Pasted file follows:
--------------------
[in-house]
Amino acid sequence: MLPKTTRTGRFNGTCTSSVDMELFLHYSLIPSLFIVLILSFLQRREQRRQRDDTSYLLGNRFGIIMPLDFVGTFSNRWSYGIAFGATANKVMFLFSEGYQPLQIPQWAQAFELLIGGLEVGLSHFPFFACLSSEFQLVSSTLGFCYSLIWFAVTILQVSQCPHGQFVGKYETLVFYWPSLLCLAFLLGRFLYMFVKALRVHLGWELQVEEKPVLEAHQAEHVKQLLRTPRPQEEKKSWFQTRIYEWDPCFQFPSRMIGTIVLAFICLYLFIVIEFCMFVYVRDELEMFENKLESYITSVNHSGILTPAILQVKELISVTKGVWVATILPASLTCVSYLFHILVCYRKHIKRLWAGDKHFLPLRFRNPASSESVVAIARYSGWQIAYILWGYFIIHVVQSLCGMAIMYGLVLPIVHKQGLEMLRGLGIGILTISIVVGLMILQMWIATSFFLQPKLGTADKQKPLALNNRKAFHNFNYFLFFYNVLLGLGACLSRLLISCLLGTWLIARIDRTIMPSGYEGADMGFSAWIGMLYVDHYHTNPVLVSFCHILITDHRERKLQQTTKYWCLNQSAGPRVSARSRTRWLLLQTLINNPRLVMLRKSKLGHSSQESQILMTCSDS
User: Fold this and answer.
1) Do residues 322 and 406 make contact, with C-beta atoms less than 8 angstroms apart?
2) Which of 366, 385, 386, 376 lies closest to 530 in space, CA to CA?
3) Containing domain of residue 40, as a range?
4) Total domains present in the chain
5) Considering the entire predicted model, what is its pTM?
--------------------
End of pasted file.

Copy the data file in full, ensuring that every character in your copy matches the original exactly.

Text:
[in-house]
Amino acid sequence: MLPKTTRTGRFNGTCTSSVDMELFLHYSLIPSLFIVLILSFLQRREQRRQRDDTSYLLGNRFGIIMPLDFVGTFSNRWSYGIAFGATANKVMFLFSEGYQPLQIPQWAQAFELLIGGLEVGLSHFPFFACLSSEFQLVSSTLGFCYSLIWFAVTILQVSQCPHGQFVGKYETLVFYWPSLLCLAFLLGRFLYMFVKALRVHLGWELQVEEKPVLEAHQAEHVKQLLRTPRPQEEKKSWFQTRIYEWDPCFQFPSRMIGTIVLAFICLYLFIVIEFCMFVYVRDELEMFENKLESYITSVNHSGILTPAILQVKELISVTKGVWVATILPASLTCVSYLFHILVCYRKHIKRLWAGDKHFLPLRFRNPASSESVVAIARYSGWQIAYILWGYFIIHVVQSLCGMAIMYGLVLPIVHKQGLEMLRGLGIGILTISIVVGLMILQMWIATSFFLQPKLGTADKQKPLALNNRKAFHNFNYFLFFYNVLLGLGACLSRLLISCLLGTWLIARIDRTIMPSGYEGADMGFSAWIGMLYVDHYHTNPVLVSFCHILITDHRERKLQQTTKYWCLNQSAGPRVSARSRTRWLLLQTLINNPRLVMLRKSKLGHSSQESQILMTCSDS
User: Fold this and answer.
1) Do residues 322 and 406 make contact, with C-beta atoms less than 8 angstroms apart?
2) Which of 366, 385, 386, 376 lies closest to 530 in space, CA to CA?
3) Containing domain of residue 40, as a range?
4) Total domains present in the chain
5) Considering the entire predicted model, what is its pTM?